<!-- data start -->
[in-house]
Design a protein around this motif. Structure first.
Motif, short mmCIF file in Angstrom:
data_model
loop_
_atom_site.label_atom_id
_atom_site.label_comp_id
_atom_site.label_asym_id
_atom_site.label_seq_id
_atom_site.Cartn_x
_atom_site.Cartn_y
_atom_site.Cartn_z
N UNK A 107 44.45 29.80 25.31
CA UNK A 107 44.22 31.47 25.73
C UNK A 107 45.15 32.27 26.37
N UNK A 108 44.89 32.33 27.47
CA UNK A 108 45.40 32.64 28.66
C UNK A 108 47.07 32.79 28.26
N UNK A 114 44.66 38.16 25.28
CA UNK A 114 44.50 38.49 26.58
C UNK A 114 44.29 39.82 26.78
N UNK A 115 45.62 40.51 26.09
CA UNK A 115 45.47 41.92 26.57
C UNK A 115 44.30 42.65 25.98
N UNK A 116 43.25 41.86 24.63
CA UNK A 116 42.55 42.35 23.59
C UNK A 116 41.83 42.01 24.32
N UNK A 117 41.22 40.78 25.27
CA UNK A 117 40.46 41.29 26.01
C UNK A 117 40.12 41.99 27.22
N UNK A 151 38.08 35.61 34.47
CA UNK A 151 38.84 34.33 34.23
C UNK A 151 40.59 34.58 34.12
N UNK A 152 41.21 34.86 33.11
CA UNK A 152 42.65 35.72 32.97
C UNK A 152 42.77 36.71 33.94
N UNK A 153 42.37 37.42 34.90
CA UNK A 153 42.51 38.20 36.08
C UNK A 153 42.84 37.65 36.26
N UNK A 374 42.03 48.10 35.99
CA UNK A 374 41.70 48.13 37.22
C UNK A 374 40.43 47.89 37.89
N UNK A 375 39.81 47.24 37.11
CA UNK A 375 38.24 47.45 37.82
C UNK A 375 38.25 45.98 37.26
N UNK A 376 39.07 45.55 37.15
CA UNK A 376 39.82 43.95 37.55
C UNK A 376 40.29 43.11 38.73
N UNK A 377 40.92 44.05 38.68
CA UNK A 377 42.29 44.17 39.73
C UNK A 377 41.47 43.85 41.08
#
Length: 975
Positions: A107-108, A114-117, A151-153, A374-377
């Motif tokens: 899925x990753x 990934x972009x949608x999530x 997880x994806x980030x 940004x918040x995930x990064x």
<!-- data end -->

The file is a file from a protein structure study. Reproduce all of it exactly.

[in-house]
Design a protein around this motif. Structure first.
Motif, short mmCIF file in Angstrom:
data_model
loop_
_atom_site.label_atom_id
_atom_site.label_comp_id
_atom_site.label_asym_id
_atom_site.label_seq_id
_atom_site.Cartn_x
_atom_site.Cartn_y
_atom_site.Cartn_z
N UNK A 107 44.45 29.80 25.31
CA UNK A 107 44.22 31.47 25.73
C UNK A 107 45.15 32.27 26.37
N UNK A 108 44.89 32.33 27.47
CA UNK A 108 45.40 32.64 28.66
C UNK A 108 47.07 32.79 28.26
N UNK A 114 44.66 38.16 25.28
CA UNK A 114 44.50 38.49 26.58
C UNK A 114 44.29 39.82 26.78
N UNK A 115 45.62 40.51 26.09
CA UNK A 115 45.47 41.92 26.57
C UNK A 115 44.30 42.65 25.98
N UNK A 116 43.25 41.86 24.63
CA UNK A 116 42.55 42.35 23.59
C UNK A 116 41.83 42.01 24.32
N UNK A 117 41.22 40.78 25.27
CA UNK A 117 40.46 41.29 26.01
C UNK A 117 40.12 41.99 27.22
N UNK A 151 38.08 35.61 34.47
CA UNK A 151 38.84 34.33 34.23
C UNK A 151 40.59 34.58 34.12
N UNK A 152 41.21 34.86 33.11
CA UNK A 152 42.65 35.72 32.97
C UNK A 152 42.77 36.71 33.94
N UNK A 153 42.37 37.42 34.90
CA UNK A 153 42.51 38.20 36.08
C UNK A 153 42.84 37.65 36.26
N UNK A 374 42.03 48.10 35.99
CA UNK A 374 41.70 48.13 37.22
C UNK A 374 40.43 47.89 37.89
N UNK A 375 39.81 47.24 37.11
CA UNK A 375 38.24 47.45 37.82
C UNK A 375 38.25 45.98 37.26
N UNK A 376 39.07 45.55 37.15
CA UNK A 376 39.82 43.95 37.55
C UNK A 376 40.29 43.11 38.73
N UNK A 377 40.92 44.05 38.68
CA UNK A 377 42.29 44.17 39.73
C UNK A 377 41.47 43.85 41.08
#
Length: 975
Positions: A107-108, A114-117, A151-153, A374-377
């Motif tokens: 899925x990753x 990934x972009x949608x999530x 997880x994806x980030x 940004x918040x995930x990064x």